Black Lives Here: Nicole Johnson on the importance of mentors and building self-esteem

Educator, entrepreneur and single mother Nicole Johnson has a multitude of talents and experiences. Photo by Mimi Liliefeldt.


“I am enough” is a statement, tagline, warrior cry that can be seen and heard all over social media. It is often used as a counteractive against the sentiment that has been impressed upon and proliferated by society since the beginning of time that we as women are not in fact “enough”.

For a Black woman this message is amplified even more so.

This month I met with the bright, beautiful, and brilliant Nicole Johnson. Nicole is an educator, entrepreneur, and single mother who despite her multitude of talents and experiences has known the feeling of not being enough.

The daughter of a Black man with Indigenous ancestry from Nova Scotia and a white woman from Toronto, Nicole was born and raised in the Upper Beach. She attended the local elementary and high schools, watched her brothers play hockey at Ted Reeve Arena, and had many friends in the neighborhood.

When Nicole and I met, I was struck by how friendly and confident she was but as we talked about life and growing up in a very white community I could hear and relate to what it was like for her as a young biracial person.

“I didn’t really know where I fit in. With some friends I never felt cool enough, skinny enough, or that my hair was straight enough. Boys thought I was intimidating, they were always after all of my friends who were mostly shorter, thinner, or whiter. I had to go to Scarborough to find other Black teenagers. It definitely played with my self worth but thank God my parents were always so loving and supportive. They made me feel smart and beautiful and cared for,” she said.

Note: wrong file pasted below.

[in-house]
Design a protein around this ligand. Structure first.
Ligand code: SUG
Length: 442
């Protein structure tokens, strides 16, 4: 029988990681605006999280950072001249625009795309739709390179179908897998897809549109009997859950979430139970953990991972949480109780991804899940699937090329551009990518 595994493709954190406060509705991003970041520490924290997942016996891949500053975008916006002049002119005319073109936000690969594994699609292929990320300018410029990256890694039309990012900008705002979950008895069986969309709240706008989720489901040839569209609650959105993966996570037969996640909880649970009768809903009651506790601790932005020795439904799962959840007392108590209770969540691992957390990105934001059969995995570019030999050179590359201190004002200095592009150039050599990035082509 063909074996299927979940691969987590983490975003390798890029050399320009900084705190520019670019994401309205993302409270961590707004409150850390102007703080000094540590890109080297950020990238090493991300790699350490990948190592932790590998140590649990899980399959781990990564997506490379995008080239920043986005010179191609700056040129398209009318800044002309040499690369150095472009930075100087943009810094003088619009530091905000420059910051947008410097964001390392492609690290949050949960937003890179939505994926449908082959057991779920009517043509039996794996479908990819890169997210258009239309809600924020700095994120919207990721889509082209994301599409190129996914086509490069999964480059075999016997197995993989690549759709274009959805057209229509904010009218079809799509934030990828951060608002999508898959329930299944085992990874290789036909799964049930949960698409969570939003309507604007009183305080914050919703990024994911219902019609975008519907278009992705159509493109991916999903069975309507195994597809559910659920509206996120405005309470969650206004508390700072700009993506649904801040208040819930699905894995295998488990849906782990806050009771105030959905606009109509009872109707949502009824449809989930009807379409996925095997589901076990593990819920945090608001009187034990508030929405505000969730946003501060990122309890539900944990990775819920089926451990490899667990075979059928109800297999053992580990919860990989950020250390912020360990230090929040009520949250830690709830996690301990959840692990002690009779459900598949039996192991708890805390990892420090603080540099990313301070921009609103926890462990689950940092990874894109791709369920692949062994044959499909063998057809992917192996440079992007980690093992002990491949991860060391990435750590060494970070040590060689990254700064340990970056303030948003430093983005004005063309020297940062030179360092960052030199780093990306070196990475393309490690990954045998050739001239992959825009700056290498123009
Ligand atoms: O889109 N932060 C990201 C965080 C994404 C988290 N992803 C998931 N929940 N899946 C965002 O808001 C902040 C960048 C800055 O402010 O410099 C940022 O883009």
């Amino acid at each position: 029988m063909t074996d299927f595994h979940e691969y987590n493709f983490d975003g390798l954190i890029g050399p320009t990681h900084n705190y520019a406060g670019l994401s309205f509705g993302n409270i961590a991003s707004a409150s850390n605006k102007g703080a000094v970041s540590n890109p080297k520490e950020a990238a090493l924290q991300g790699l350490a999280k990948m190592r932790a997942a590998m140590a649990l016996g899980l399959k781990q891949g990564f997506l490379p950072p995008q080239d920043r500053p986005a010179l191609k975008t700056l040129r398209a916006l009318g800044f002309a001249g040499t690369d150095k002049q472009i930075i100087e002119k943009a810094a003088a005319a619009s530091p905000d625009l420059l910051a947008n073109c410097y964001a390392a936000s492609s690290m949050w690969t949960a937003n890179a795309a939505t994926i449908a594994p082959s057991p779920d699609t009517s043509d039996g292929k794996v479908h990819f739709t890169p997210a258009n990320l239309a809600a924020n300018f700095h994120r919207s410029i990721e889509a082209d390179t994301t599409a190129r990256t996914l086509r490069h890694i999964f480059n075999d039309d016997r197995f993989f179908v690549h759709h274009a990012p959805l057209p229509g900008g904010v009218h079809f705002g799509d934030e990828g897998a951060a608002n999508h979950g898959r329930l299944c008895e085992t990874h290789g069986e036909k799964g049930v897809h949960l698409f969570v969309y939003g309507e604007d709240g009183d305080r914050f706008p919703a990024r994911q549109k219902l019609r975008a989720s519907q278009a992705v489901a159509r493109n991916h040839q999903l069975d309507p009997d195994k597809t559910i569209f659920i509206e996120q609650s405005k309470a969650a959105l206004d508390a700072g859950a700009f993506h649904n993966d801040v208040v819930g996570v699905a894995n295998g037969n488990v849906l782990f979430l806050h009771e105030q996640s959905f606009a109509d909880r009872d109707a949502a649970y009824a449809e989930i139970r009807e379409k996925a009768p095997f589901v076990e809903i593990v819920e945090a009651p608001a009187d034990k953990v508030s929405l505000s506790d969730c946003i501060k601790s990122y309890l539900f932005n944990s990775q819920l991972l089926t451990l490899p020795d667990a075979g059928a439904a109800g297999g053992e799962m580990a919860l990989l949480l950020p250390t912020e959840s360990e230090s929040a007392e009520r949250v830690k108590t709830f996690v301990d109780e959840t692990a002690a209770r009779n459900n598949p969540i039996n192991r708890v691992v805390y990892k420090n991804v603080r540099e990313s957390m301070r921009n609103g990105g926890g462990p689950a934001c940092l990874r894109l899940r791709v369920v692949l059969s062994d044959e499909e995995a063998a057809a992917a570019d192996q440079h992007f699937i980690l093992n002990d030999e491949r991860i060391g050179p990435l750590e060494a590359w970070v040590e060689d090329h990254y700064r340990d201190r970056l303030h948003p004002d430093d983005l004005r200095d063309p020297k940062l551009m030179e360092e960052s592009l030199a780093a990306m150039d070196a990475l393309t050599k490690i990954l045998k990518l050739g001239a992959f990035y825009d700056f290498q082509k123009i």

What and who we see most in our environments impacts what we believe about the world and ourselves.

Nicole shared, “I only had two Black teachers growing up in the Beaches. They inspired me and saw me for who I was, it was absolutely incredible. They encouraged me and truly believed in me. They are the reason I became an educator and wanted to make the same difference in Black students’ lives.”

“When I look back (at her first Black teacher) almost 30 years ago, she made me feel safe that I could express myself. If I was upset about something I could confide in her, it wasn’t about the academics all the time, it was about building that relationship with her students.”

As a young person it is so important to be able to see yourself in your mentors, this is why representation is so crucial for self esteem and development.

Nicole also said, “Out of all the teachers I had in all my schooling, the ones I connected with the most were Black. That’s not by coincidence. . . Knowing that it’s possible, literally lived experience. It’s not just saying, ‘You can be anything’, you’re actually seeing it face to face and experiencing it. And now it’s, ‘Oh I can go to university’. . . And seeing a Black person in a leadership role.”